Adolescence is, probably, one of the most discussed periods of human development. The approaches to the problem of adolescence change over time and Nancy Lesko provides a provocative analysis of the issue which became an accepted approach to observing adolescents. Thus, what is the essence of her methodology known as “history of the present” and how is it helpful in viewing teenagers?
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Alternative Understanding of Adolescence: Biological and Sociohistorical Views
The study provided by Lesko (2012) suggests an alternative interpretation of adolescence structure. The discussed framework includes two primary approaches to adolescence. They are the biological and sociohistorical views. I believe these views comprise the most important ideas about adolescence. The biological one is responsible for the treatment of physiological changes such as pubertal growth or hormone boost. The sociohistorical view deals with the impact of society, its history, and the environment on the changes that occur in an adolescent.
I consider the idea of using a postmodern approach to interpreting adolescence particularly interesting. According to Lesko (2012), such an alternative theoretical interpretation of adolescence “combines poststructuralist, feminist, and postcolonial scholarship to question the knowledge and practices of knowing that created and maintain the modern, scientific adolescence” (p. 7). Postmodern approaches can be applied in other spheres as well.
For example, Taylor, Clement, and Ledet (2013) suggest using them in genograms with children and adolescents. On the whole, in the context of the postmodern perspective, adolescence is a step to a modern nation-state. I agree that such treatment can help to disclose the personal qualities of teenagers and reveal their significance for the creation of the future society.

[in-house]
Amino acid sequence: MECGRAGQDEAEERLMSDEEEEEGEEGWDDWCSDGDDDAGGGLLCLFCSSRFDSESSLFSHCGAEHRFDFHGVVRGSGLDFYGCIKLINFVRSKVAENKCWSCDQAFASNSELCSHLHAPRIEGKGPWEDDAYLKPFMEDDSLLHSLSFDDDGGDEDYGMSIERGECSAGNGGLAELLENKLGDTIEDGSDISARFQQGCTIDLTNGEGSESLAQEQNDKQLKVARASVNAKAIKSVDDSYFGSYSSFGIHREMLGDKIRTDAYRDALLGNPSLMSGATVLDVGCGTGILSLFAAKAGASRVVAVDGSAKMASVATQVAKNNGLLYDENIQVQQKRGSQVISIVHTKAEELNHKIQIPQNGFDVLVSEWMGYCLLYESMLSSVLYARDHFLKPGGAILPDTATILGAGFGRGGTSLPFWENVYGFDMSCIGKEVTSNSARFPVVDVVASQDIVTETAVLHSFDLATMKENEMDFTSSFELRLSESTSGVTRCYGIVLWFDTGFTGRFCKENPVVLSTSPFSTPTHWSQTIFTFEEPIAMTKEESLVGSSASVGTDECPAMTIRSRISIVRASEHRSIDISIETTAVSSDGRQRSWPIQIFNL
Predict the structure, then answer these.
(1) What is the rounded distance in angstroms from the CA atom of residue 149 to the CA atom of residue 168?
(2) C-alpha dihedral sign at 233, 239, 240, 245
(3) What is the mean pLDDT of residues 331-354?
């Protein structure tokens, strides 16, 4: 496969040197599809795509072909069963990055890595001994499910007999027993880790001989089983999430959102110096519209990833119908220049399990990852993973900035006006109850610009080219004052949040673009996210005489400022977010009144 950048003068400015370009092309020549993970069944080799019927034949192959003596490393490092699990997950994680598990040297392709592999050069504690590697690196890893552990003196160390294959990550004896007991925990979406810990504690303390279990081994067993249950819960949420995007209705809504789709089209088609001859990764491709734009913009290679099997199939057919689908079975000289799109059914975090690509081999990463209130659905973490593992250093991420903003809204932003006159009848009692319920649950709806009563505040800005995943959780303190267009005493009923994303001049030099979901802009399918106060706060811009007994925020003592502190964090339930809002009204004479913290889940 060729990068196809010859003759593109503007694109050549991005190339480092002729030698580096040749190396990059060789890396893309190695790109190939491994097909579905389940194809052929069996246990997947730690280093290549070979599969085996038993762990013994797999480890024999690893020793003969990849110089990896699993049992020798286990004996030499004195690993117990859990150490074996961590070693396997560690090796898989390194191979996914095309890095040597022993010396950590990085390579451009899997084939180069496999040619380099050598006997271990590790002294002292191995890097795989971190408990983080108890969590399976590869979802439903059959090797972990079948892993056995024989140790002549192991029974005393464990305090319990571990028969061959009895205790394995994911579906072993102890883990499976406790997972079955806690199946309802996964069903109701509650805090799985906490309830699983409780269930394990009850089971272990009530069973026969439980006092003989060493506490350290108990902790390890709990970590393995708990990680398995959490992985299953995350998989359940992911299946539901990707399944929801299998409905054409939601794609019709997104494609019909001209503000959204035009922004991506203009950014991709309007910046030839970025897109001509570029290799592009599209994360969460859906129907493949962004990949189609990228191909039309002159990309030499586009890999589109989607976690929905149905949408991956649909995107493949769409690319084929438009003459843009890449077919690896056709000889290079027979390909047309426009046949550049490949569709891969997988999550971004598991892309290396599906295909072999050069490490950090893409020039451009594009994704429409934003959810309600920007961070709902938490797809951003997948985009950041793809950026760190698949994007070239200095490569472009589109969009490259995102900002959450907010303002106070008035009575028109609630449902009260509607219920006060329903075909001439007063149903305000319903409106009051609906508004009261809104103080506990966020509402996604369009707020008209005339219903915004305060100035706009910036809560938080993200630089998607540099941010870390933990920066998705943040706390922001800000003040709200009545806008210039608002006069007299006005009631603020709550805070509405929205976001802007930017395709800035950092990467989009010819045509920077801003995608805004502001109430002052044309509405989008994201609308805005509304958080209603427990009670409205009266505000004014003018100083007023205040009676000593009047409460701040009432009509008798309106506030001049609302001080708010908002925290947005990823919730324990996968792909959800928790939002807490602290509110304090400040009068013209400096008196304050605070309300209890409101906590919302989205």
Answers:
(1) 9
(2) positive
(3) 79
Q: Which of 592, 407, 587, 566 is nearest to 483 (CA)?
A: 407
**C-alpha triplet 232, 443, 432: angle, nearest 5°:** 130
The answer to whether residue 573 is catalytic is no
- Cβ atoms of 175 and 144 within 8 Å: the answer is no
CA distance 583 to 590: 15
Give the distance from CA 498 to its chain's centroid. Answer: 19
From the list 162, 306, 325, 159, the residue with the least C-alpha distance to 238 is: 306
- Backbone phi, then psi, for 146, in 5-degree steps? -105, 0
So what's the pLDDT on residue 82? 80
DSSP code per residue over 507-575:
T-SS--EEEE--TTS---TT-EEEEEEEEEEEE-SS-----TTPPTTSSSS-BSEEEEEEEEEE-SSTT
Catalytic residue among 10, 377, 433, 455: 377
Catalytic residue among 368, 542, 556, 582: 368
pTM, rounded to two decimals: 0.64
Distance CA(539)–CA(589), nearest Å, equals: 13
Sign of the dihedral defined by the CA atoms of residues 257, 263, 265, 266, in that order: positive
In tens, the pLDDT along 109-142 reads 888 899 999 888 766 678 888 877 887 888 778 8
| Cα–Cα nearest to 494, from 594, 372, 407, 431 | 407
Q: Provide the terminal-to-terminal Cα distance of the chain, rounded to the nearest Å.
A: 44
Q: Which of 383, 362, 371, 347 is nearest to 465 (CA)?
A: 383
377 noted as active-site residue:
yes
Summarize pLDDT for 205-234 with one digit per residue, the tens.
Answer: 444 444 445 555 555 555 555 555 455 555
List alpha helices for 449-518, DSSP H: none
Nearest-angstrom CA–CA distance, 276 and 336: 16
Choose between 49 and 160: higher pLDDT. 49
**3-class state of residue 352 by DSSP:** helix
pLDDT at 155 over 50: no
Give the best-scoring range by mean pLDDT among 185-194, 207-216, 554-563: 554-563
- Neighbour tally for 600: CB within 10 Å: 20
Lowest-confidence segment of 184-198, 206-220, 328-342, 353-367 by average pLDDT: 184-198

Dealing with Adolescence
I support the author in following Stuart Hall’s program in discussing the possibility “to operate against adolescent development as a technology” or comparing differences in the development of adolescents of various races (Lesko, 2012, p. 10). The author seems to be right in the suggestion that it is useful to consider the significance of gender or race for the definition of norms, developmental stages, and maturity.
I believe that every aspect influencing the development of an adolescent should be considered to get a clear picture of the changes which occur in a young person. It is necessary to be able to help adolescents cope with changes that can be unexpected and even frightening. For this point, I support Lesko that it is important to acknowledge the differences in psychological stages between adults and adolescents which are crucial for improving living conditions for youth.
However, the study by Lesko, despite its innovative character and proven validity, has some limitations. First of all, it is focused on the events of the end of the twentieth century. Thus, it omits some cultural events which are meaningful for the development of youth. Lesko mentions the impact of television, film, and music which are important factors in the evolution of a young personality. If the research had been conducted in the twenty-first century, it would also include the Internet as one of the determinants in adolescent development. Secondly, with much attention focused on the aspects of race, gender, or citizenship, the author does not include the impact of the family which can often be decisive.
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Finally, the research is mainly concentrated on US data which limits the opportunity to generalize its results. On the whole, I consider the approach to studying the adolescent period suggested by Lesko innovative and useful in the course of discovering the peculiarities of adolescence.
Lesko, N. (2012). Act your age! A cultural construction of adolescence (2nd ed.). New York, NY: Routledge.
Taylor, E.R., Clement, M., & Ledet, G. (2013). Postmodern and alternative approaches in genogram use with children and adolescents. Journal of Creativity in Mental Health, 8, 278-292. Web.